A Redondo Beach woman accused of felony gross vehicular manslaughter for allegedly plowing into a crowd of people leaving a Christmas concert Wednesday night, killing four people, including a 6-year-old boy, has pleaded not guilty.
Margo Bronstein, 56, of Redondo Beach, was wheeled into a Torrance courtroom on a stretcher and arraigned Friday on four felony counts of gross vehicular manslaughter while intoxicated and one felony count of being under the influence of a drug, causing injuries.
She’s due back in court Jan. 14 and is being held in lieu of $500,000 bail -- a sum her attorney unsuccessfully opposed.
"This is one event, and it seems like bail is being stacked," said Jeffrey Gray, Bronstein’s attorney.
After the hearing, Gray addressed reporters outside the Torrance courthouse and said it seemed that everyone was jumping to conclusions about Bronstein and the crash.
"My concern is that there seems to be almost a mob mentality with this case," he said. "We should not engage in speculation -- it's not fair to any of the parties involved."
He said there were many facets that needed to be explored with the case, including the possibility of mechanical failures in Bronstein's car or an adverse reaction to her prescription medications. He would not elaborate on either point.
"Obviously she feels terrible," he said. "This is an accident."
The criminal complaint against Bronstein also says she caused great bodily injury to Maria Quast; John Fasano; and Glenn, Angela and Maggie Gaza. The three Gazas -- a man and his two daughters -- were the surviving members of a five-member family struck by the car. Martha Gaza, 36, and her 6-year-old son, Samuel, were killed.
Authorities said Bronstein was behind the wheel of the car that ran through a crowd outside St. James Catholic Church in Redondo Beach. Prosecutors allege she swerved around vehicles stopped at a red light before striking the crowd.
If convicted of the charges, she could face 40 years in prison.
Samuel Gaza, 6, died overnight Friday at Harbor-UCLA Medical Center, said Lt. David Smith of the Los Angeles County coroner’s office. He suffered head trauma and a bruised lung.
Torrance residents Mary Ann Wilson, 81, and Saeko Matsumura, 87, also died in the crash. Eight others, including the three surviving members of the Gaza family, were hurt.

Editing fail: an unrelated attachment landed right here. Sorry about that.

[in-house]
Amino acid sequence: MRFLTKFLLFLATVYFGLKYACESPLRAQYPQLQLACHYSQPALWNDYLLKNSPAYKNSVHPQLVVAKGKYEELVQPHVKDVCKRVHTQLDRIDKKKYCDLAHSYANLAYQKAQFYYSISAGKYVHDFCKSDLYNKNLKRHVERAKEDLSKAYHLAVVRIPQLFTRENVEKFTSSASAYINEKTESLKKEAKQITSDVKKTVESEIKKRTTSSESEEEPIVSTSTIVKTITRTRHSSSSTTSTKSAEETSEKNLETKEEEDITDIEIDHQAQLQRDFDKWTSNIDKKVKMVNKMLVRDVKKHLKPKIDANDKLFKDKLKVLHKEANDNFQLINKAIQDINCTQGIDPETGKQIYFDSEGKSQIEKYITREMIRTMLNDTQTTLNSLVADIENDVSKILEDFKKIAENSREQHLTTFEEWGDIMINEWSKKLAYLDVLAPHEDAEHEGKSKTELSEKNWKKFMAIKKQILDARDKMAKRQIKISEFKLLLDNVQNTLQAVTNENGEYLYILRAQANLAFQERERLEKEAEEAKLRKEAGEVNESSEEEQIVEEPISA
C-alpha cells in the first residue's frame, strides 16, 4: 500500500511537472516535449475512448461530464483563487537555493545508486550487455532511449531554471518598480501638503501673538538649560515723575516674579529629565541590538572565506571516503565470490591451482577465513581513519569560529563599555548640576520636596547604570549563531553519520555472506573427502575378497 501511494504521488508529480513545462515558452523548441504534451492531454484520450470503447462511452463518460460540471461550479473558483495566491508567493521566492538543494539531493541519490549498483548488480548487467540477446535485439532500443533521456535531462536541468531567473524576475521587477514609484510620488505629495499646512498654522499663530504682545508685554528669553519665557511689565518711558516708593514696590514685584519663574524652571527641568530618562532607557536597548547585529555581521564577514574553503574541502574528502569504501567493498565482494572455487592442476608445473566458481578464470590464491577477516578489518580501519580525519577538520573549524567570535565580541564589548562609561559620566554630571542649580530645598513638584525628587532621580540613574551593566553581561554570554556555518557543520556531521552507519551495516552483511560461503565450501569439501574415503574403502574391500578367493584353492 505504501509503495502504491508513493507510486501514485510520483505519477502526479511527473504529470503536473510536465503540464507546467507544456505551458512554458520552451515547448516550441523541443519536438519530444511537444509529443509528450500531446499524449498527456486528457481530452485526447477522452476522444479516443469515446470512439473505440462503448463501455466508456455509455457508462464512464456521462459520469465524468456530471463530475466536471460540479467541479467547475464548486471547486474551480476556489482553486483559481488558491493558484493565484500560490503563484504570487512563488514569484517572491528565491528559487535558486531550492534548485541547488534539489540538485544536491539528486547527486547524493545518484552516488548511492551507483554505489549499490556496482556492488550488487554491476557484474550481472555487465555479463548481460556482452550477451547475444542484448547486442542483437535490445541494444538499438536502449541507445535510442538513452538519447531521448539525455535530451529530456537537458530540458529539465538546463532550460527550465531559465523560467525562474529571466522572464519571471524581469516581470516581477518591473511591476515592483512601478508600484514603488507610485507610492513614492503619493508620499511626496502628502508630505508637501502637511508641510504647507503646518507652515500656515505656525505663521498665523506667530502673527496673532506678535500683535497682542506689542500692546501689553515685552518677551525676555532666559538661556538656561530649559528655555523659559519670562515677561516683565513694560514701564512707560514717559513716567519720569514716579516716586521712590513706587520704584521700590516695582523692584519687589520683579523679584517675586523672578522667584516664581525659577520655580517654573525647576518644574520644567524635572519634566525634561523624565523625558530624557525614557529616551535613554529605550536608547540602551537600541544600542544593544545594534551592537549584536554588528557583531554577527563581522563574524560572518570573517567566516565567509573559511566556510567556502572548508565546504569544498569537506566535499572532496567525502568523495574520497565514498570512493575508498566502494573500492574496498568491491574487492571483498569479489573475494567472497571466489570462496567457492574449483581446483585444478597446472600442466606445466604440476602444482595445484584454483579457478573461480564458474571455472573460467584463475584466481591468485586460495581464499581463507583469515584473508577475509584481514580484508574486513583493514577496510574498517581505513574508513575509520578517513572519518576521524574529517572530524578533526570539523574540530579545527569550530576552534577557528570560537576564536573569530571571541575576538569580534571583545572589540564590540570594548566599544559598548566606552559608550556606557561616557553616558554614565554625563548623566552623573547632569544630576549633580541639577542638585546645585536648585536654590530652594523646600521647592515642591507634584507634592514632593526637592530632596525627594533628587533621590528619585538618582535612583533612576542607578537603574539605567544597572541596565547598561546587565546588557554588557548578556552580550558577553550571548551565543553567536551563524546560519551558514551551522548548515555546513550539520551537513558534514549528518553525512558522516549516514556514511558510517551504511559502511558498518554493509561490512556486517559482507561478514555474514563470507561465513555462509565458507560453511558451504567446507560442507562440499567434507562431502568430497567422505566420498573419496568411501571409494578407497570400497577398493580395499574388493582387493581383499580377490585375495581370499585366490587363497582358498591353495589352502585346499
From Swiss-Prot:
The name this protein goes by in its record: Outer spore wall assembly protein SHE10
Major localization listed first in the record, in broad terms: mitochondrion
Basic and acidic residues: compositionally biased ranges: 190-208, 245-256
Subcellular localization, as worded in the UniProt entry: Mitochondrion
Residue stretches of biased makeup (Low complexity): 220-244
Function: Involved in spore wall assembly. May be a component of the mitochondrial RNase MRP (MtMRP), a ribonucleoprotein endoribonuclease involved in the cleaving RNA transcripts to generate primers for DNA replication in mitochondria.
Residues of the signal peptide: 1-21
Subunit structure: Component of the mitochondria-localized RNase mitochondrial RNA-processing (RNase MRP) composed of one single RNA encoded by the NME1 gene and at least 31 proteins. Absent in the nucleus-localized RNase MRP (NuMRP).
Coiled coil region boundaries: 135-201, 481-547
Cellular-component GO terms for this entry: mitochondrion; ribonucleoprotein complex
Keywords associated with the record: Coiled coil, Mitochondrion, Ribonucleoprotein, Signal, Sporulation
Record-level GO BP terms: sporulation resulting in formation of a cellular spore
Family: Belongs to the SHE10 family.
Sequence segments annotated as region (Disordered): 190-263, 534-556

Redondo Beach police said they believed Bronstein was under the influence of prescription medication but have declined to say what type of drug. Police said results from a toxicology test were not yet available.
The criminal complaint did not mention what type of drug Bronstein is accused of being under the influence of. Bronstein, who friends said relied on a motorized wheelchair, had a clean driving history. She was restricted to driving a car with hand-controlled brakes, authorities said.
The deputy district attorney who filed the complaint against Bronstein, meanwhile, has herself admitted injuring two people in a drunk driving accident.
Los Angeles County prosecutor Marilyn Seymour was sentenced to 90 days in jail and ended up serving five days following a 2010 collision in Long Beach, according to records posted by the State Bar. A blood test showed that Seymour had a blood alcohol content of .26%, more than three times the legal limit, according to the document.
Two people in the car that Seymour rear-ended settled a lawsuit against her for $1.2 million. Along with receiving a private reproval from the State Bar, Seymour was sentenced to five years probation and ordered to complete a nine-month alcohol education program. She’s been a member of the state bar since 1985.
A district attorney's office press release about Bronstein's charges cited information from Seymour about the case and said she was requesting that Bronstein be held on $500,000 bail. Seymour was listed on the complaint as the prosecutor who filed the charges.
District attorney's spokeswoman Jane Robison said her office did not see any problems with having Seymour file the case against Bronstein. She noted that Seymour will not be the attorney handling the case in court.
"She’s a seasoned prosecutor," Robison said. "She reviewed the evidence and filed the case that we believe we can prove beyond a reasonable doubt in the court of law."